E. Beth Tanner Spackman, beloved friend, sister, wife, mother, grandmother and great-grandmother, passed away peacefully on 11 August 2018 in Calgary, Alberta, Canada at the age of 91.
Beth is survived by seven of her eight children: Larry (Flora) Spackman of Calgary, AB, Kathy (Wendell) Cahoon of Sandy, UT, David (Camilla) Spackman of Calgary, AB, Bill (Colette) Spackman of Calgary, AB, Hugh (Penny) Spackman of Santa Barbara, CA, Carl (Tracy) Spackman of Phoenix, AZ and Michael (Jennifer) Spackman of Boise, ID; grandchildren: Beth (Stuart) Thompson, Mary Anne (Nelson) Kroeker, Sara (Dustin) Johnson, Holly (David) Melchin, Grant L. Spackman III, Jay (Cindy) Cahoon, Kay (Kris) Whitehead, Tom (Crystal) Cahoon, Christy Hadley, Sally (Daniel) OKeef, Eddie (Karlie) Cahoon, Eldon (Abbey) Spackman, Sarah (Brad) Leishman, Steven (Chelsea) Spackman, Jeffrey Spackman, Benjamin (Jessica) Spackman, Stephanie (Matt) Rempel, Mark (Jennifer) Spackman, Scott (Rachelle) Spackman, Renee (Jake) Sherlock, Michael Spackman, Rachel Spackman, Sam Spackman, Zack Spackman, Ginger Spackman, Christian Spackman, Chloe Spackman, Ian Spackman, Nathan Spackman, Daniel Spackman, Tanner Spackman, Jacob Spackman, Bethany Spackman, Lily Spackman; and 60 awesome great-grandchildren. (While listing all their names would be awesome because she loves each and every one of her great-grandchildren, it will take up too much room;) sister, Helen Tanner Beaton of Medford, OR, and many more family and dear friends. She was preceded in death by her cherished husband, Grant Spackman, her son Thomas Spackman, grandson Michael Spackman, great-granddaughter Kaitlyn Leishman, her parents N. Eldon and Sara Tanner, and sisters Ruth T. Walker, Isabelle T. Jensen, and Zola T. Rhodes.
Edna Beth Spackman (known as “Beth”) was born 16 March 1927 in Cardston, Alberta to Nathan Eldon and Sara Isabelle Merrill Tanner, the fourth of five girls. At the time of her birth, her family was living in Hillspring, AB, but she was born in the hospital in Cardston. Her family moved to Cardston when she was very young. When she was 10, her family moved to Edmonton where she lived until she married.
Her independent streak showed itself early as exemplified by her baptismal day. At the age of 8, Beth and her friend, Kent Burt, marched themselves to the Cardston temple to get baptized as members of The Church of Jesus Christ of Latter-day Saints – without their parents! They knew where their recommends were, showed the temple worker, got baptized and went home. Their parents were terribly surprised when informed that the baptismal ordinance had already been performed.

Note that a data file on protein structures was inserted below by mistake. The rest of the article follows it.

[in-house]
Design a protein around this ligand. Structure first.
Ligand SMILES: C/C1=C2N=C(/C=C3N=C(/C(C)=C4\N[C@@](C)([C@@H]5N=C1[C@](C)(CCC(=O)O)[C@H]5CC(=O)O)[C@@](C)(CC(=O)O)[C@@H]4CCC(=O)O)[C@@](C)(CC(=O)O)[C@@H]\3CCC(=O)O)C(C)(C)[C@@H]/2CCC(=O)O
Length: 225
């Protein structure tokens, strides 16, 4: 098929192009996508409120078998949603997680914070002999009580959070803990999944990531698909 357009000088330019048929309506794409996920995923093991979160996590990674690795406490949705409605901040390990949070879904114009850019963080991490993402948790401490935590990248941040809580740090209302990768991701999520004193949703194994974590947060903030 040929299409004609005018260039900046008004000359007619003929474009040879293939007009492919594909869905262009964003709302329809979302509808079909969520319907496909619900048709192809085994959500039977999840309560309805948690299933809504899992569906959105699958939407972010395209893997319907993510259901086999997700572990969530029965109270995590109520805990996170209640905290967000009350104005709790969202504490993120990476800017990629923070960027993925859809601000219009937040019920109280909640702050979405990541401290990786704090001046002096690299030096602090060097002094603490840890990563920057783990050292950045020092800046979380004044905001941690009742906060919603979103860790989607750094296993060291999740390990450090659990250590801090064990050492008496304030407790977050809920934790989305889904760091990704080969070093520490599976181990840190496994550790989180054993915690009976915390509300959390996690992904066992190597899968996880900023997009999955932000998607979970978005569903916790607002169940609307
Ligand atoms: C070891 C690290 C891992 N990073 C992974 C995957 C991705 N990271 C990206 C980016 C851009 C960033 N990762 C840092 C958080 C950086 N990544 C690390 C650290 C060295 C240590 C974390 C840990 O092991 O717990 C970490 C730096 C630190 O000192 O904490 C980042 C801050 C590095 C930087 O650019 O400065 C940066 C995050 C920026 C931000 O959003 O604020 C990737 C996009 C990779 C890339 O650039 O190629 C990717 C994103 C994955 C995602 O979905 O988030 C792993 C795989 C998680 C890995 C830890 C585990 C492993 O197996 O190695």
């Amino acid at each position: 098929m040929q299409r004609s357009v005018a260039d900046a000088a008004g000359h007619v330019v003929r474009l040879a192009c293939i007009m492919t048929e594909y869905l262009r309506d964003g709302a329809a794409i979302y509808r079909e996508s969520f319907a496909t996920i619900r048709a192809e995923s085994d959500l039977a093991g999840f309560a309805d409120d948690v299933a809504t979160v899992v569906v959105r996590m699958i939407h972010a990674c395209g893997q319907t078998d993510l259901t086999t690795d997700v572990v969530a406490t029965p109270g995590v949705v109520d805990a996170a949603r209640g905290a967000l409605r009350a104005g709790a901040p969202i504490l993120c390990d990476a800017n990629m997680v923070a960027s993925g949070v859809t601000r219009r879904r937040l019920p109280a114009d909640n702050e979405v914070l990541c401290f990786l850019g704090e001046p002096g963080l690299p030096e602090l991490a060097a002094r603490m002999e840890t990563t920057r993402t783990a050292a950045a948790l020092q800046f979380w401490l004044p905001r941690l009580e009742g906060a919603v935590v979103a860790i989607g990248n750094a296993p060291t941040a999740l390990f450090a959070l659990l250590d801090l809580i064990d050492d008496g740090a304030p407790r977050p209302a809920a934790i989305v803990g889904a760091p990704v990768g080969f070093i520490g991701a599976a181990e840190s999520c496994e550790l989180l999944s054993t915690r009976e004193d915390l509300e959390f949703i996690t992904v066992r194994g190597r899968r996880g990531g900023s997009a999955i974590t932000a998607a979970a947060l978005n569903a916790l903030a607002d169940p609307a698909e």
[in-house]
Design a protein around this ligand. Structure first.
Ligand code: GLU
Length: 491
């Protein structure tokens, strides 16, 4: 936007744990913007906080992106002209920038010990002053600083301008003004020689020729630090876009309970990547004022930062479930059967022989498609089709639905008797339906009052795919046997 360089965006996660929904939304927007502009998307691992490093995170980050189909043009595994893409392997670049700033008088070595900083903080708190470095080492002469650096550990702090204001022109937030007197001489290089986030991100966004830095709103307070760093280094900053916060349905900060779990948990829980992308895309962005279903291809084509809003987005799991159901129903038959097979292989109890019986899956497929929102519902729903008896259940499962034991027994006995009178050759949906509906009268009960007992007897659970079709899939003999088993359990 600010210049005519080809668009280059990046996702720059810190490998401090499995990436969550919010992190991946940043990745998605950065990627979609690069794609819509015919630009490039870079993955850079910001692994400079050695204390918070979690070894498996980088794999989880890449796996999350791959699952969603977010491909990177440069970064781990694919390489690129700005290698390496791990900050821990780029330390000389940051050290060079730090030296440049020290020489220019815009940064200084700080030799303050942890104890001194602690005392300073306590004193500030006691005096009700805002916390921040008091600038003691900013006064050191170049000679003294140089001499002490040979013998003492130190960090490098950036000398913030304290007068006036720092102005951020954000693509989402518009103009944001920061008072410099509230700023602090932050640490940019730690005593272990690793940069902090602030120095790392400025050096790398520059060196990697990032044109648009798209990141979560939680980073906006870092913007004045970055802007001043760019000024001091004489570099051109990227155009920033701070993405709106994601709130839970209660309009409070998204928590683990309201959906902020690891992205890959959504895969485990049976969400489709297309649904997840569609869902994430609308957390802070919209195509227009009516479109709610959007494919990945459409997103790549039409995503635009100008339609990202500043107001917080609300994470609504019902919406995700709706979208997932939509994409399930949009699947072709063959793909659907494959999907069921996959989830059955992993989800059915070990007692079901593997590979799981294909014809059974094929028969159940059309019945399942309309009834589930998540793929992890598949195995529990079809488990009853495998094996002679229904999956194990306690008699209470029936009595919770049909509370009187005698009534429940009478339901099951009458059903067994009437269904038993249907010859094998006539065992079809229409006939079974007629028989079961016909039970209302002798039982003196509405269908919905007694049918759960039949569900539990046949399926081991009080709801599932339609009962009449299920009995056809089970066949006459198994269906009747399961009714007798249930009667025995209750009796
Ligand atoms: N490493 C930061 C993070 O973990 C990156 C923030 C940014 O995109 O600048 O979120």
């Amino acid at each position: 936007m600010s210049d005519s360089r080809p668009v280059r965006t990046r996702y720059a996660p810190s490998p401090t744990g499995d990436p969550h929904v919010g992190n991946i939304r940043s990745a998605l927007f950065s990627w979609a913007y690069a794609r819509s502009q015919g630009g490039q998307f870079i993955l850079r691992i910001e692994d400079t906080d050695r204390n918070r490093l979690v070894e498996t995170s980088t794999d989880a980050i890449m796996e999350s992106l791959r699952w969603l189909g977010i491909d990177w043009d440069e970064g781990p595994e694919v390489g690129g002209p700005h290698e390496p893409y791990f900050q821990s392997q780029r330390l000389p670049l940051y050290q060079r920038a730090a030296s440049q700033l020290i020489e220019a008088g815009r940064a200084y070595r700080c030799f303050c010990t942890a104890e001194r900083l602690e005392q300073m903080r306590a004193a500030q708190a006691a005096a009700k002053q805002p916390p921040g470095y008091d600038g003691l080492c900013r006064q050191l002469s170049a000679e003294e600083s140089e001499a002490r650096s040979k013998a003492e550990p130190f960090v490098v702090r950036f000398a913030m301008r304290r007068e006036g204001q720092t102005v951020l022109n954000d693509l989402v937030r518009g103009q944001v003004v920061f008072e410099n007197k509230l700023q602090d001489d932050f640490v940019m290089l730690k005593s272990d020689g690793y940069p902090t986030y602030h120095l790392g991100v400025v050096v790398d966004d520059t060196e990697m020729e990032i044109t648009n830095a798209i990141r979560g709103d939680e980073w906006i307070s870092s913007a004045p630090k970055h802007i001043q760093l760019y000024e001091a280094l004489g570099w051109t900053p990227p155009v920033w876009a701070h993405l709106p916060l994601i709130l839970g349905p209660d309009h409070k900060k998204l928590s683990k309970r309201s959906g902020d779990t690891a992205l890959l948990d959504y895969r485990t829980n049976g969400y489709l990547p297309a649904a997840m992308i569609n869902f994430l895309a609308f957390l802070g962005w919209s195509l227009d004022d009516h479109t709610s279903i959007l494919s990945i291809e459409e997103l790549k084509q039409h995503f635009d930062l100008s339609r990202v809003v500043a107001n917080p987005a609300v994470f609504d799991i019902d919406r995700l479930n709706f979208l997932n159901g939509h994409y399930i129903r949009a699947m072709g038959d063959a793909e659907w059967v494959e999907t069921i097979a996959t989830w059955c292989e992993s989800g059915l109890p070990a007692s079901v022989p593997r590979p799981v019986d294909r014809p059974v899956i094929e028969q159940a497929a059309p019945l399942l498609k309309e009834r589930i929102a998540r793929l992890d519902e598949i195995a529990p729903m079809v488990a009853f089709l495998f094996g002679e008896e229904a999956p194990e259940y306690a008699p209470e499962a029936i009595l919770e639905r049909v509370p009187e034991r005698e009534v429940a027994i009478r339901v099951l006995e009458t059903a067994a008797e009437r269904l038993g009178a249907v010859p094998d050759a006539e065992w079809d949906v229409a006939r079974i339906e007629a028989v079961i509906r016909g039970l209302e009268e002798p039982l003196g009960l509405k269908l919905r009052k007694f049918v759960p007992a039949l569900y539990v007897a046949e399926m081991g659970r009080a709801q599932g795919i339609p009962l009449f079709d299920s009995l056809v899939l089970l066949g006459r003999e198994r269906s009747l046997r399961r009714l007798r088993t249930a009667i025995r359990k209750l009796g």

Beth earned her first university degree with a B.Sc. in Home Economics from University of Alberta. She taught school in Athabasca for one year before she married. After her marriage, she completed her second degree in Education.
Beth married Grant Lawrence Spackman, her WWII war hero, in the Cardston Alberta temple of The Church of Jesus Christ of Latter-day Saints on 28 July 1949. Their union has produced eight delightful, intelligent and opinionated children, 35 stellar grandchildren, and 60 practically perfect great-grandchildren, with three more babies on the way. After their university life in Edmonton, they lived in Estevan, SK, Regina, SK, and the majority of their family life (40 years) was spent on an acreage south of Calgary where they raised chickens, pigs, cows, an enormous garden, and lot of children!
Beth embraced her role of homemaker with zeal. Their home was filled with love, laughter and prayer, hard work, diligence and a deep love of the Lord. Her cooking and family dinners were legendary, especially her mouth-watering multi-grain bread (which her father declared “the best bread in the world!”) She was an excellent seamstress. Her love of music enveloped their home. Her deep love of the hymns of the gospel of Jesus Christ provided peace and solace to Beth throughout her life, including her last day in mortality when she joined some of her loved ones in expressing her love of the Savior through music while confined to her hospital bed.